Finals Day by Jon Hoyle

Zone Development Officer Jon Hoyle's Palau Diary - Six

Finals day has arrived and it is an opportune time before the medal play-offs to reflect upon the performances and history of the competing teams.

In the men's competition, New Caledonia and Guam will meet in the final as they did at the last South Pacific Games in Suva in 2003. At that SPG, New Caledonia ran out comfortable victors. The Cagou have been the dominant team in the men's competition since the 2001 Oceania tournament and this year they will be going for their third tournament win in a row.

This competition is the fourth consecutive Oceania or SPG event where the Guam men's team has made it to the Gold Medal game. Since 1997 Guam has achieved that feat in each event only missing out at the Oceania Tournament in Fiji in 2001 when they failed to enter the competition. Finishing runners-up in each of those events, Guam will be looking to dictate the tempo of the game to suit their running style to counter the greater height and bulk of the New Caledonians. With a history of being able to rise to the occasion when it matters and coupled with their consistent shooting from the three-point line, Guam are in with a big chance of causing an upset against their more fancied opponents.

The two Melanesian countries, Fiji and Papua New Guinea will duel it out for the bronze medal. Fiji missed out on the bonze medal in 2003 when they were defeated by Samoa and in fact have not won a medal play-off game since they defeated Guam at the SPG's in Tahiti in 1995.

The Papua New Guinea men's team has been the big improvers at this tournament as they have climbed from sixth place in 2003 to the medal rounds this year. The other big improver has been Palau, which by defeating the Solomon Islands finished in fifth place.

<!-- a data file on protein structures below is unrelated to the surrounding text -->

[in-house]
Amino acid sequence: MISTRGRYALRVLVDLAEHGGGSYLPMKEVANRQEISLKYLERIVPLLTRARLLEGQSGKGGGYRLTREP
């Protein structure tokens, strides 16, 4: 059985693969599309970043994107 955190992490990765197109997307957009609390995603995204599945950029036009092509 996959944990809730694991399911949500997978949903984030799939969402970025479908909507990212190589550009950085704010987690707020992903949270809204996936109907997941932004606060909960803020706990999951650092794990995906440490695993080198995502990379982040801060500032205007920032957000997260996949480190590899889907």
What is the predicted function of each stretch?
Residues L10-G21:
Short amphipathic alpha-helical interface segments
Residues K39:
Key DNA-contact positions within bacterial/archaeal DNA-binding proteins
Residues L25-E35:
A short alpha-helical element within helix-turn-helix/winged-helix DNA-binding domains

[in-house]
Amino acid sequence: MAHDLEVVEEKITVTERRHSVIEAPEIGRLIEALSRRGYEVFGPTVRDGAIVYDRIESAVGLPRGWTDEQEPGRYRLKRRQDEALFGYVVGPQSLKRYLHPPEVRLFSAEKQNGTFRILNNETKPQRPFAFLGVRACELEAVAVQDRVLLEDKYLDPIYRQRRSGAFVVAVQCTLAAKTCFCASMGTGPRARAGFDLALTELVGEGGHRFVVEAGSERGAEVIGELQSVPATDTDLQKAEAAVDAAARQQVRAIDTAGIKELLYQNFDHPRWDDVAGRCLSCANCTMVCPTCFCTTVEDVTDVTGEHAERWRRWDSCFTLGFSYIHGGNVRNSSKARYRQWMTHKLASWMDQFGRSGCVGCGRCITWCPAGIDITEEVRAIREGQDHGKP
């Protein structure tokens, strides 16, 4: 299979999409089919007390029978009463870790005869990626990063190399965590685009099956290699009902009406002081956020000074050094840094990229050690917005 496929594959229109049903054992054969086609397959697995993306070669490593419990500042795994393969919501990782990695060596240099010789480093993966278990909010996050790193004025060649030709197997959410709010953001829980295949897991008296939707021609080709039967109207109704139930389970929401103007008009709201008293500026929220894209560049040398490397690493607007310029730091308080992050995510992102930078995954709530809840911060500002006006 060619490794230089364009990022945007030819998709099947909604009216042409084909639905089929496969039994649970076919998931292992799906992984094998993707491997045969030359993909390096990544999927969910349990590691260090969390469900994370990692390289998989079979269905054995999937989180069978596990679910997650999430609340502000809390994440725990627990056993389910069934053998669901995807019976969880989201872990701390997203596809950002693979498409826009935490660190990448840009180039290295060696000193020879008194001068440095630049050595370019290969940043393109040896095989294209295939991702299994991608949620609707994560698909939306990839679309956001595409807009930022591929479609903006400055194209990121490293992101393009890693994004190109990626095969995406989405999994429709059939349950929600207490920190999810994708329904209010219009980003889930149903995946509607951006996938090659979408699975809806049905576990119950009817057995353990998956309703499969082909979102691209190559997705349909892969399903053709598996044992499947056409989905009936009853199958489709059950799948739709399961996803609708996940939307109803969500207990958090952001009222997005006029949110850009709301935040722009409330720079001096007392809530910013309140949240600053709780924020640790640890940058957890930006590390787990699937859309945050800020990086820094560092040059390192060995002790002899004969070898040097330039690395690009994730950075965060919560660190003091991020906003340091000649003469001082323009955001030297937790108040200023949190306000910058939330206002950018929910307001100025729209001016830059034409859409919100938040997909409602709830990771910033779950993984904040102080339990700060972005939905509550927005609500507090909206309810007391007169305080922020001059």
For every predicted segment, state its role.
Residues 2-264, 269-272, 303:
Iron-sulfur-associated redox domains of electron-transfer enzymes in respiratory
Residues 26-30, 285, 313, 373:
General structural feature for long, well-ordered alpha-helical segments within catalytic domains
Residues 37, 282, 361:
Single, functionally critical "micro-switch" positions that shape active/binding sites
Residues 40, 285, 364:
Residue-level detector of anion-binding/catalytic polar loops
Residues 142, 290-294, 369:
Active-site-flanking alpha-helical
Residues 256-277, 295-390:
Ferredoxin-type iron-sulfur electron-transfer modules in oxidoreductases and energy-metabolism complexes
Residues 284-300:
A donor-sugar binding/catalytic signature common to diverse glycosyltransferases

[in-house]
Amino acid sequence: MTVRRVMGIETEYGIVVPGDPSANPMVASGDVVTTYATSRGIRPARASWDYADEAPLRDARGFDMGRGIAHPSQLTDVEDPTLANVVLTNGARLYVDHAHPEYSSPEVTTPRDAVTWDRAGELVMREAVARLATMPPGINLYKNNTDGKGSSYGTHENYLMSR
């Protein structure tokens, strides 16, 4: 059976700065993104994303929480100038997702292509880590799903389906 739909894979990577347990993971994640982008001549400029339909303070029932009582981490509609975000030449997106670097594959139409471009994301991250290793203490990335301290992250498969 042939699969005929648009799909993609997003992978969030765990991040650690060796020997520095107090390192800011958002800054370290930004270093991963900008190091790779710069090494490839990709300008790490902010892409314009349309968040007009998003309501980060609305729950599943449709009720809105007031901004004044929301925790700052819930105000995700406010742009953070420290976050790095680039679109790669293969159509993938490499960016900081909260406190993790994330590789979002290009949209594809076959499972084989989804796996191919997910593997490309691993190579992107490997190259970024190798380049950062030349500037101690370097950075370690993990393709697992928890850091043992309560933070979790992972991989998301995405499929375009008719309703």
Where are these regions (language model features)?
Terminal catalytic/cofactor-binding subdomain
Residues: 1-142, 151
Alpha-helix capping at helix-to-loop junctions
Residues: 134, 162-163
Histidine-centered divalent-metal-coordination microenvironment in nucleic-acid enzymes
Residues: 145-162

The even nature of this tournament has been highlighted by the fact that the Solomon Islands, which finished in sixth place, defeated potential gold medallist Guam, while New Caledonia struggled to defeat seventh placed Federated States of Micronesia during pool play.

The vast distances of the Oceania region causes the equator to become a border between the south and the north pacific, with the Micronesian countries rarely competing against their Melanesian and Polynesian neighbours. This event has proven that the generally smaller teams from the north can compete against the bigger southern teams as they all have improved and begun to develop styles of play that are suited to their body type.

In the women's competition, Fiji has been the dominant team defeating all teams comfortably. While still a very young side, the depth of the playing roster has allowed the starting players to remain relatively fresh after the six games of pool play and the semi-final. In contrast, PNG had had to work hard in a physically demanding match to defeat New Caledonia in their semi-final.

Fiji was the runners-up to Samoa at the SPG in 2003 and will be looking to win their first gold medal at an SPG or Oceania event at senior level since they won the gold medal in Apia, Samoa in 1983. Papua New Guinea have improved from sixth place in Suva in 2003 and have made the gold medal game for the first time since they were the victors at the SPG in Port Moresby in 1991.

New Caledonia and Solomon islands will contest the match for third place. Solomon Islands will attempt to takeaway the bronze medal that the New Caledonians won in 2003 and while they were defeated by the Cagou by twenty-four points during the rounds, a much more competitive score line for this game is expected. If the Solomon Islands were to win the bronze medal it would create history as the first medal of any kind won by a Solomon Islands team at any Oceania or South Pacific Games basketball tournament.

Palau, Guam and the Federated States of Micronesia finished in fifth to seventh place in the women's competition.

Overall, Palau has hosted a very well organised and competitive basketball tournament and it is hoped that all teams will make plans to attend the next South Pacific Games in Apia Samoa in 2007.


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